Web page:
In her visceral, raw still lifes, the 21-year-old photographer Madison Carroll captures the grotesque remains of meaningful moments gone by. Used condoms, pregnancy tests, and blood stains grace her compositions, punctuating a narrative that skips dizzyingly from girlhood to womanhood, from innocence to experience. As if plucked from last night’s waste basket, these soiled items emerge; in the context of Carroll’s clean, immaculate technique, they become all the more haunting.
As if part of some unusual crime scene, waste products are left out, forensically archived by Carroll’s lens. Here, rotting fruit and old bandaids mark not a murder but the more gradual, subtle trauma of growing up, of being woman. Like a pool of blood, tea spills from a delicate, shattered china cup; a lemon, once fresh and aromatic, rots. An egg cracks, the yoke spilling out into a satin pair of Victoria’s Secret underwear like a giant, monstrous ovum released during menstruation.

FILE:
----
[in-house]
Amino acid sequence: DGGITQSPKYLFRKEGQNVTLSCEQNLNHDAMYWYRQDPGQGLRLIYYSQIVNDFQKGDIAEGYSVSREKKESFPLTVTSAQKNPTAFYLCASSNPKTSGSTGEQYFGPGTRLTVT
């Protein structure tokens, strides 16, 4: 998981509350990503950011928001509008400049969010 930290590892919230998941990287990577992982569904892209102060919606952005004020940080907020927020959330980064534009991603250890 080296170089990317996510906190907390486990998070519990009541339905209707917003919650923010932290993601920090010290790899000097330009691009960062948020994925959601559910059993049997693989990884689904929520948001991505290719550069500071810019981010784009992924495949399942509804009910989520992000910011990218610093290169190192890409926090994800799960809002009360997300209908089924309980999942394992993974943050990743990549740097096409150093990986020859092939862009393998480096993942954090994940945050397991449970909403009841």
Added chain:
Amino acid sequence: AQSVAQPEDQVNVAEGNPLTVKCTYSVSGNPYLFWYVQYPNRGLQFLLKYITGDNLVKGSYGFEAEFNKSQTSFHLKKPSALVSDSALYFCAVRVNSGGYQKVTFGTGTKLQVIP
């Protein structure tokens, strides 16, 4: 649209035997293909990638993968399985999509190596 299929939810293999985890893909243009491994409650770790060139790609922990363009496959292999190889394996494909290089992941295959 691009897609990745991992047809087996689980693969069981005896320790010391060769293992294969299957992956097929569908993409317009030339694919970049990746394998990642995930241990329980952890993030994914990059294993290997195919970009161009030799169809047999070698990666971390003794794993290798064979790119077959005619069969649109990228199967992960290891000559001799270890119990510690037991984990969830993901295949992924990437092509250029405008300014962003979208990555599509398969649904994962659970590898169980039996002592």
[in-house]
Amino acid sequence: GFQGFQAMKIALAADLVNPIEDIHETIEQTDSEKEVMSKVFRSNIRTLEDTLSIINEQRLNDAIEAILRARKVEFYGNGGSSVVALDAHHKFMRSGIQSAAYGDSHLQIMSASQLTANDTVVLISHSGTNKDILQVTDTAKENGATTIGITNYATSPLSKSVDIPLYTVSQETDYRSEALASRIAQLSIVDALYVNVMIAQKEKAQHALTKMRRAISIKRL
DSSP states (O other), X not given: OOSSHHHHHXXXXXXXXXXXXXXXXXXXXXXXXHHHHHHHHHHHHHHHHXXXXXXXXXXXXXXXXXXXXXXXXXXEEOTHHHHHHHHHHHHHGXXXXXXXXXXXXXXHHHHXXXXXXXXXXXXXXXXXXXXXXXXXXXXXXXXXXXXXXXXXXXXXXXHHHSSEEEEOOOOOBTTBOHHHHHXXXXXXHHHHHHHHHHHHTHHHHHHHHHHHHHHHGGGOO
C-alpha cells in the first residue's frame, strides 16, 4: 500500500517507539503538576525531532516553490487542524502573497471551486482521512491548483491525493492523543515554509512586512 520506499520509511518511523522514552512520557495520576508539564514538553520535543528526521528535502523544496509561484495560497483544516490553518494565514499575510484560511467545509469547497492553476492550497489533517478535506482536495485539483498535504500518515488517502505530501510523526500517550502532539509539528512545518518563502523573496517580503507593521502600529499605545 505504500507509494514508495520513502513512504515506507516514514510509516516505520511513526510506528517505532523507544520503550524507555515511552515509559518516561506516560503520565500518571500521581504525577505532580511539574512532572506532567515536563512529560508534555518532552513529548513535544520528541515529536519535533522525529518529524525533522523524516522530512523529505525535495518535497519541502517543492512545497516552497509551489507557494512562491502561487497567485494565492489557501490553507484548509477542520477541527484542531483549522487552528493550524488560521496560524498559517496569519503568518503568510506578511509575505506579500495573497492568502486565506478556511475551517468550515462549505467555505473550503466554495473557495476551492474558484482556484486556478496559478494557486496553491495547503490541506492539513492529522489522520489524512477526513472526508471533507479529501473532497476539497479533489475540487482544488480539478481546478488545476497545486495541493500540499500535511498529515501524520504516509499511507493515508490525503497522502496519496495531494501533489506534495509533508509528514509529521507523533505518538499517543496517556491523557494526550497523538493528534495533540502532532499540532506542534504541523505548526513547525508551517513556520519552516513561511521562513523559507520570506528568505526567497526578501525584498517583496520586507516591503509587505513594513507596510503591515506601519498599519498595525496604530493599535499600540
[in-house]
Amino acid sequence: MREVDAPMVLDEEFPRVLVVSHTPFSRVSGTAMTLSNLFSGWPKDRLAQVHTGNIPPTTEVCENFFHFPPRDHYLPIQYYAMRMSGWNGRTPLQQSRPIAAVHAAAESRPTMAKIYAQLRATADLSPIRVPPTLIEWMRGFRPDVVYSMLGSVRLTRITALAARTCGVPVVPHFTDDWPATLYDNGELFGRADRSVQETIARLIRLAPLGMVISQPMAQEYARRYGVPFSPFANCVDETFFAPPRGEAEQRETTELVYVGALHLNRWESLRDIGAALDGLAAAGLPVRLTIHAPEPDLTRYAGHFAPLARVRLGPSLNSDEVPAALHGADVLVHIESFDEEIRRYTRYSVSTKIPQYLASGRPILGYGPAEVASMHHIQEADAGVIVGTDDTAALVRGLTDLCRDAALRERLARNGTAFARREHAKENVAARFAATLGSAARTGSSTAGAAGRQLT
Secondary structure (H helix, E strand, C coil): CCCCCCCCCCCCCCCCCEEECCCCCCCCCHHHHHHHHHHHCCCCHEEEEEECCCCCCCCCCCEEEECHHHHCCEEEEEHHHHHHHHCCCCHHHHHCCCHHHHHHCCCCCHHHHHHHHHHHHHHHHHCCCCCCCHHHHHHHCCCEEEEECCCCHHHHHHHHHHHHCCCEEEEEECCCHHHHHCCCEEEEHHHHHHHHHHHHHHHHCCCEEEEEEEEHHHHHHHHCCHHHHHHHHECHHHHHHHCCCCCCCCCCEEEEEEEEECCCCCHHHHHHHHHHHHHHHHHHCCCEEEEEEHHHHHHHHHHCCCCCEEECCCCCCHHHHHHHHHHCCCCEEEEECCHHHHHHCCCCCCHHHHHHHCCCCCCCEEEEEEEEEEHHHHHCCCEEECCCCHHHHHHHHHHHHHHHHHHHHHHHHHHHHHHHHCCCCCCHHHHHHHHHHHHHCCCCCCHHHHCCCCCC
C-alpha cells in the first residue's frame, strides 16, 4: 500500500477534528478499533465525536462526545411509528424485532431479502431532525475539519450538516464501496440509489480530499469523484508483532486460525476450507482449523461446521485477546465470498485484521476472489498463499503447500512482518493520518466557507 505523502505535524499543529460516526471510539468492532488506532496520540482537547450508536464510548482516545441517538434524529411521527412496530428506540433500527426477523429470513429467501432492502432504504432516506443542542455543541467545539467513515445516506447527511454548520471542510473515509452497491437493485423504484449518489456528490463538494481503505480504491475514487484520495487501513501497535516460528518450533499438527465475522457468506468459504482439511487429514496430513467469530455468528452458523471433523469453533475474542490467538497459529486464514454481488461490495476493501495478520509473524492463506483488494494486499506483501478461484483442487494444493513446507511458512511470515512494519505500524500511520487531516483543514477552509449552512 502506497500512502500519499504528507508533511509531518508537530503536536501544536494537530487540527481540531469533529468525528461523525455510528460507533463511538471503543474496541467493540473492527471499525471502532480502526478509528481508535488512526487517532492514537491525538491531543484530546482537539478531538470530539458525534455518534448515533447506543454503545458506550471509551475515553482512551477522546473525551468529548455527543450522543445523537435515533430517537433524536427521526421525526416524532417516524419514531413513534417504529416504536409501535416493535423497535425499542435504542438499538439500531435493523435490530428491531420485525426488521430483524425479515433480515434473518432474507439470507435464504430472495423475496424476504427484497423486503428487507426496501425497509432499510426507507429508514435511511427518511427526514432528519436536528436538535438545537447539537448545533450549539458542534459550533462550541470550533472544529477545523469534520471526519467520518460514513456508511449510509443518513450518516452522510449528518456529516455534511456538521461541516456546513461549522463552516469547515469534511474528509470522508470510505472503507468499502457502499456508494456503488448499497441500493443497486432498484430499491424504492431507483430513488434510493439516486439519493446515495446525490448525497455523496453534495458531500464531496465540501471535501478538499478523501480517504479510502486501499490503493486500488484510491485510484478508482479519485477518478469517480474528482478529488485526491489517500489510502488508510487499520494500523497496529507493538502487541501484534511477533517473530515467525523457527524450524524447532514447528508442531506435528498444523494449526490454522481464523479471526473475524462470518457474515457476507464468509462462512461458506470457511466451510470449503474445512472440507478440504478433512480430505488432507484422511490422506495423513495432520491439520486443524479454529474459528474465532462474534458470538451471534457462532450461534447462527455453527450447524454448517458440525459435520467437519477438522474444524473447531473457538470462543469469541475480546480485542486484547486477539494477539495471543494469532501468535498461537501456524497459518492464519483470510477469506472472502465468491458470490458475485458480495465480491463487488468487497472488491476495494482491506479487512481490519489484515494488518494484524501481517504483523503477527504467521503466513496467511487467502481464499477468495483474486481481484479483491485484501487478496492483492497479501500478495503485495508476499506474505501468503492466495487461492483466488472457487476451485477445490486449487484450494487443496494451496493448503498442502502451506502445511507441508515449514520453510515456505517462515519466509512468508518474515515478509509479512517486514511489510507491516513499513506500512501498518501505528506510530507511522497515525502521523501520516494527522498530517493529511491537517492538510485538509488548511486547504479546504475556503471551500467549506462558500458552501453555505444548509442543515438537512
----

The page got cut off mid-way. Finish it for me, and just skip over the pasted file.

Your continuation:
In Carroll’s disturbing yet thrilling realm, the dangers and joys of femaleness collide in a moment of brutal self-reflection. Death and fertility become indistinguishable. In a frilly, feminine doily, a cockroach lies dead, rotting beside a snuffed-out cigarette. A Clear Blue pregnancy test sits on an old rust-stained rag, the urine and tissue in the toilet simply a blurred afterthought.
Like a hoarder of significant items, Carroll’s lens seeks out that which might be thrown away, forgotten by time. A male lover, sprawled on the bed, is captured asleep, in a state of heightened vulnerability, his pale nakedness pressing against the border of the frame. At the artist’s feet, a condom evidences the intimacy that occurred minutes or hours before. (via Feature Shoot and iGNANT)